Smartphones and Mirrors: using presentisms constructively in the classroom.

Here, Jessie Phillips, History Teacher at Sawston Village College, takes her thinking about presentism in the history classroom further. She points out that this tendency to interpret the past through present values and concepts is used by historians as a conceptual scaffold. She challenges us to think about how presentism can help pupils make their own meanings out of history. She builds on David Armitage’s … Continue reading Smartphones and Mirrors: using presentisms constructively in the classroom.

In at the deep end? Swimming lessons for newly-appointed Subject Leaders

In this blog, Catherine Priggs and Hugh Richards offer some ideas for newly-appointed Subject Leaders of History, organised month by month for the first year. Inevitably this isn’t an exhaustive list, and whilst context will determine the timing of some of the points mentioned below, the aim of this blog is to help newly-appointed Subject Leaders to reflect on key moments. Cat and Hugh are … Continue reading In at the deep end? Swimming lessons for newly-appointed Subject Leaders

The case for displays in the history classroom

Thanks to Secondary Committee member Gemma Hargraves (@History_Girls) for this latest post, inspiring us to make meaningful and appropriate use of classroom wall displays. You can find some resources that may be useful in the ‘display materials’ category of this blog. Open Days are approaching and many schools expect classroom walls to be adorned with displays to enhance learning, or at least to give a … Continue reading The case for displays in the history classroom

Early Career Teacher: a perspective from 10 years on!

Continuing our posts that are primarily for beginning teachers, Kayleigh Bates (@KMB_History), assistant HoD at William Farr CE xcomprehensive School in Lincoln shares an inspiring reflection – a decade on. I thought it would announce itself with bells on and stop me in my tracks. 10 years…I’ve been teaching for 10 years!  And 9 of them at my current school. It actually only dawned on me during a … Continue reading Early Career Teacher: a perspective from 10 years on!

Early Career History Teacher: experience beyond the classroom

This is another blogpost primarily for colleagues at the start of their history teaching careers. Caitlyn Palmer, history PGCE student at the University of York, shares her experience of taking on a project beyond the classroom and how it has supported her developing professional practice. As a History PGCE student training with the University of York, there are certain things that I expected I would … Continue reading Early Career History Teacher: experience beyond the classroom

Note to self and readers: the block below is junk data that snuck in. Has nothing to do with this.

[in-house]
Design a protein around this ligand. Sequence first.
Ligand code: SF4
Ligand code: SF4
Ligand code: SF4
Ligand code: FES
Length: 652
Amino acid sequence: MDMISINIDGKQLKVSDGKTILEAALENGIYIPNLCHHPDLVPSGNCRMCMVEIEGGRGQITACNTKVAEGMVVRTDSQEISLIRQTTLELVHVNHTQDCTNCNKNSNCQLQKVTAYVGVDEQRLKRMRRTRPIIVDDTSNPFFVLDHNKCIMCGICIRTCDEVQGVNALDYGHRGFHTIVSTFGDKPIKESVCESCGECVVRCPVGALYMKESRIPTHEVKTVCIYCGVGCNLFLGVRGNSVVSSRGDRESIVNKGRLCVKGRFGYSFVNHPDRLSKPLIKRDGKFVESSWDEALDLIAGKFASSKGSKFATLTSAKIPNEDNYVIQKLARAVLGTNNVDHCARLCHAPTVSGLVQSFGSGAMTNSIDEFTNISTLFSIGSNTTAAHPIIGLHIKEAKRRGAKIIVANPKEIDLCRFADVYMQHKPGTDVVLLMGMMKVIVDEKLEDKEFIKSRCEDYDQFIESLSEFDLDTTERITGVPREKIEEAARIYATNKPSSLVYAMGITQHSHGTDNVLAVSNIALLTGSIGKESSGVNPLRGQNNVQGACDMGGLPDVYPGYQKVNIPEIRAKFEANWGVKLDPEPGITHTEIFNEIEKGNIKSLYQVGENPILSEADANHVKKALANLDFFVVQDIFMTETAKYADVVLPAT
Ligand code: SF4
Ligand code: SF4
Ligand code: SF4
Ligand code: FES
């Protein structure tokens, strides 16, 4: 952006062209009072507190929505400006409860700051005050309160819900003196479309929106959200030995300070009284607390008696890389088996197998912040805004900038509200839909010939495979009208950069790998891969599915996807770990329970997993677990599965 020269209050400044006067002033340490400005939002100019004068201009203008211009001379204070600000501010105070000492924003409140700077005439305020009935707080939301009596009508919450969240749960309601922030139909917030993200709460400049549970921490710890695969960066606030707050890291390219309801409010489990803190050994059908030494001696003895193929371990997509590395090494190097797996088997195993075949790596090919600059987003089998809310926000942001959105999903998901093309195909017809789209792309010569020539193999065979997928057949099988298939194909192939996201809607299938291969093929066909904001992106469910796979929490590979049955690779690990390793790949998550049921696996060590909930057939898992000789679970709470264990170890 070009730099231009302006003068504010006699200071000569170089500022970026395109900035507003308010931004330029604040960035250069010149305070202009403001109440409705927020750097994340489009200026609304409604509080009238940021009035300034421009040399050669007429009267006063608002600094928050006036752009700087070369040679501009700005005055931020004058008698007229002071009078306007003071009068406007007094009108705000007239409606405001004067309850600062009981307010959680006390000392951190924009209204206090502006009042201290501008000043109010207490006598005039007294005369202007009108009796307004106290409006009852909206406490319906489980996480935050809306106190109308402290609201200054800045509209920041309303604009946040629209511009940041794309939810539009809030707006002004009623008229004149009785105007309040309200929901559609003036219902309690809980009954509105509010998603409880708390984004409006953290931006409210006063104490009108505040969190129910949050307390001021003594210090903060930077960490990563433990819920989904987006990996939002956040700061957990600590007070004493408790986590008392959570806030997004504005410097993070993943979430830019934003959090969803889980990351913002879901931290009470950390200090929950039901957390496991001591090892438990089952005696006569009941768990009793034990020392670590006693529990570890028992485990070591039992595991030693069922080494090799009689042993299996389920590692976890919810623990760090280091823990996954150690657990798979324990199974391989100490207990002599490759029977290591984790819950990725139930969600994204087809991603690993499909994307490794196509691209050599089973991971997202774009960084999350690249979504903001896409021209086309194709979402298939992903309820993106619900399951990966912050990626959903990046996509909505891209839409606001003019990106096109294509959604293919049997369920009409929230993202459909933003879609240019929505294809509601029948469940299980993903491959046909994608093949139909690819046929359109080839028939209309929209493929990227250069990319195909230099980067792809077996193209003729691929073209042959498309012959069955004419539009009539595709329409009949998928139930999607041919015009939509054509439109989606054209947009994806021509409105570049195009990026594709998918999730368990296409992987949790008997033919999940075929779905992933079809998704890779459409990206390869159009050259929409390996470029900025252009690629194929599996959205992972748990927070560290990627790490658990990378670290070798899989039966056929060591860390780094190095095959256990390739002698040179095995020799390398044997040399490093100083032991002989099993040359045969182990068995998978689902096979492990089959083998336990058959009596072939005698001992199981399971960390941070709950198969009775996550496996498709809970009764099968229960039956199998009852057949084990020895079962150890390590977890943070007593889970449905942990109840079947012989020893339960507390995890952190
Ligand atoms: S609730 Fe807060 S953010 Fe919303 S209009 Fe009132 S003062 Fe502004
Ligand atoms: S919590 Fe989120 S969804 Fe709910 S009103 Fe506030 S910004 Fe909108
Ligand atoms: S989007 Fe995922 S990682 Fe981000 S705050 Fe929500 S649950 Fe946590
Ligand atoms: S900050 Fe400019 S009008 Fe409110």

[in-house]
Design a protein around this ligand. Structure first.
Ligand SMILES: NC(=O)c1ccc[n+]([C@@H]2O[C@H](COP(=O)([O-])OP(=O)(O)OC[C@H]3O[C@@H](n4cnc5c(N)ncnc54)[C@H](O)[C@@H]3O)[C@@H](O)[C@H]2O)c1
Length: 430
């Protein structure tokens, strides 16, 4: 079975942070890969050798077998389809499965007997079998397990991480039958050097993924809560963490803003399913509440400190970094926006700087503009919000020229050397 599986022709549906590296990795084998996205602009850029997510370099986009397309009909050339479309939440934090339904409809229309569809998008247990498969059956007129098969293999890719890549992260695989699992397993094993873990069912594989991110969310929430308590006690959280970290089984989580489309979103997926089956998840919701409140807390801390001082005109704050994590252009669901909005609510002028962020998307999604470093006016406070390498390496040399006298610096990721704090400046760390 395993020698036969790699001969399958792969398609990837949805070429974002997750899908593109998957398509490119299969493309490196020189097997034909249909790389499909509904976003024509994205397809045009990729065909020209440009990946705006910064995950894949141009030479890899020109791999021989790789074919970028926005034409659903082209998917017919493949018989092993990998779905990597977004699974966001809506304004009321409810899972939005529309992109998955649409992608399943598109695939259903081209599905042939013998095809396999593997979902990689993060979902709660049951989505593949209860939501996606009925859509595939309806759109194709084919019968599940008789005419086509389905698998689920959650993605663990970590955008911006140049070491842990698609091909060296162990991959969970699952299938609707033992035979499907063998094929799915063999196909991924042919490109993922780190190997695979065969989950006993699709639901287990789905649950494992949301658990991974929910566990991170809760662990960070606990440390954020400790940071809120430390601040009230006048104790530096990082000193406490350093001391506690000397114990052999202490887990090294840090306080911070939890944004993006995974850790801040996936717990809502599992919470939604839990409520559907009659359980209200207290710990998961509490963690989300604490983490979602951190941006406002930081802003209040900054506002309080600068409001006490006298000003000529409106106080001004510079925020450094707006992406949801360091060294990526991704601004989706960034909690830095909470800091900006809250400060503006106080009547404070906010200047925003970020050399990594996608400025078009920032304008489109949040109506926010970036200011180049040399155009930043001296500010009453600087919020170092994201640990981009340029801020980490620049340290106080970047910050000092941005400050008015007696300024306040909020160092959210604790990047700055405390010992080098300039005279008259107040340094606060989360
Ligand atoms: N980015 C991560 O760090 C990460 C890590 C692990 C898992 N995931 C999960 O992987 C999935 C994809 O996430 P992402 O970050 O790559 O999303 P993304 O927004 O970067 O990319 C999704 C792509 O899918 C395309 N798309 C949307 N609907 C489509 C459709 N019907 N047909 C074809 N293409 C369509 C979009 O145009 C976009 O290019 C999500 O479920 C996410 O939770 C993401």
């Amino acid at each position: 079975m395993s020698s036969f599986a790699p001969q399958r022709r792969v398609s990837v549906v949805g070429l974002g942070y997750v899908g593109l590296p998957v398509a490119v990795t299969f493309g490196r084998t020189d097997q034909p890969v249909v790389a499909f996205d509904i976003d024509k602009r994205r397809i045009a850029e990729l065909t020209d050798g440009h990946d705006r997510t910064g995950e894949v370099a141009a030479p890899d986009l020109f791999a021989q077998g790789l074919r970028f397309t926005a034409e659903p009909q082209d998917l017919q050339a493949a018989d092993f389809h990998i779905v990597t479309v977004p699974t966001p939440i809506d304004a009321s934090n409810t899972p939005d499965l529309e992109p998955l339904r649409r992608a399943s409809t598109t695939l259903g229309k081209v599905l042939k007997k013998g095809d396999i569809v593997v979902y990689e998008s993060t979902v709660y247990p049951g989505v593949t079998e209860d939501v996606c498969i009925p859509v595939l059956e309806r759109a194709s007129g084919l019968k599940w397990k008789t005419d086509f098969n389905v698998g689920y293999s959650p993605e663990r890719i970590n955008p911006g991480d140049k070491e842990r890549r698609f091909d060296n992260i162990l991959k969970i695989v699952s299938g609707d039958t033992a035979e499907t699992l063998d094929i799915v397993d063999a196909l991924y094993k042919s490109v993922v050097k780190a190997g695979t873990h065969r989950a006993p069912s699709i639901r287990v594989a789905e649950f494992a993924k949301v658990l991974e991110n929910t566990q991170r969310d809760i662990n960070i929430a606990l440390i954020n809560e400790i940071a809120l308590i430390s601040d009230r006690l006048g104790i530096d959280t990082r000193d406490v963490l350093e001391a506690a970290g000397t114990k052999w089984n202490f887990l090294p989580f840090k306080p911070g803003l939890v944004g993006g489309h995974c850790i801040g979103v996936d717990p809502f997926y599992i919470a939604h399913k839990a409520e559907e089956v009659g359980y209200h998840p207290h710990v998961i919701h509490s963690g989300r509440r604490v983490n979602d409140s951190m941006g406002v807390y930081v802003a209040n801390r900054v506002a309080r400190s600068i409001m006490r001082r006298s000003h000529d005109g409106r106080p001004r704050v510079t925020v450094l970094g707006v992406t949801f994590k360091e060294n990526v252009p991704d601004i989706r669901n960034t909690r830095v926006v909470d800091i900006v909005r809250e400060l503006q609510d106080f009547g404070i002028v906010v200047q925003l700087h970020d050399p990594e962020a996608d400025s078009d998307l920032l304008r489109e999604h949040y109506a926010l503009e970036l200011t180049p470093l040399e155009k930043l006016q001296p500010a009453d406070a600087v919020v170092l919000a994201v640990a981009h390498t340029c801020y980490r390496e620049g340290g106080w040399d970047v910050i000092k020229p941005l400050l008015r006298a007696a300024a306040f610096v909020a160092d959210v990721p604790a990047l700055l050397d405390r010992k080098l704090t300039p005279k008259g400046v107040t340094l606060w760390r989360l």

4 reasons why your Headteacher should buy you an HA Corporate Membership

Simon Harrison, Headteacher of Crofton School in Hampshire and member of HA Secondary Committee, provides anyone who needs them with arguments to present to senior leadership as to why your history department needs HA Corporate Membership. From history teacher to Headteacher, in over 25 years of teaching I have filled most school roles;  history teacher,  in the ‘middle’ as a subject leader, an Advanced Skills … Continue reading 4 reasons why your Headteacher should buy you an HA Corporate Membership

Using archives to enthuse and engage

Thanks to Anne Hooper, member of HA Secondary Committee, for this article explaining how her department refreshed their GCSE course by delving into the archives. Anne explains how using full texts with original images really engages students and helps develop their evidential understanding. She generously shares the resources at the end. Using archive sources is not new to us as history teachers but sometimes it’s … Continue reading Using archives to enthuse and engage

Empire blogpost 3: the thorny issue of literacy when teaching the British Empire

Thanks to Richard Kennett for continuing his series of blogposts about teaching the British Empire… The difficulty of literacy and the teaching of the British Empire Teaching any historical topic is hard as it requires a lot of disciplinary vocabulary. Those pesky words that enlighten a subject, bring it to life and really allow you to get your teeth in. Revolution, peasant, autocratic, industrial, agricultural, … Continue reading Empire blogpost 3: the thorny issue of literacy when teaching the British Empire

New year narrative of ‘strengthening’ not ‘catching up’ and ‘building back better’ not ‘lockdown gaps’!

Thanks to Alex Fairlamb @lamb_heart_tea for this new academic year OBHD blogpost. Alex is an Assistant Headteacher (T&L), Historical Association Secondary Committee Member and National Coordinator of TMHistoryIcons. As schools start to go back this week and next, I think it’s perhaps useful to write again about reframing the narrative of ‘catch up’ and ‘lockdown gaps’.  Nationally, teachers have worked hard to ensure that students … Continue reading New year narrative of ‘strengthening’ not ‘catching up’ and ‘building back better’ not ‘lockdown gaps’!

Using the new normal to better support new teachers

Thank you to Tom Pattison (Director of the Humanities Faculty at Greensward Academy, Hockley, Essex) for this new blogpost about supporting beginning teachers. In the toughest of years it offers a model for building community for new colleagues in a way that is professionally supportive for the new and old(-er!) alike. If you would like to build a similar community then look out for these … Continue reading Using the new normal to better support new teachers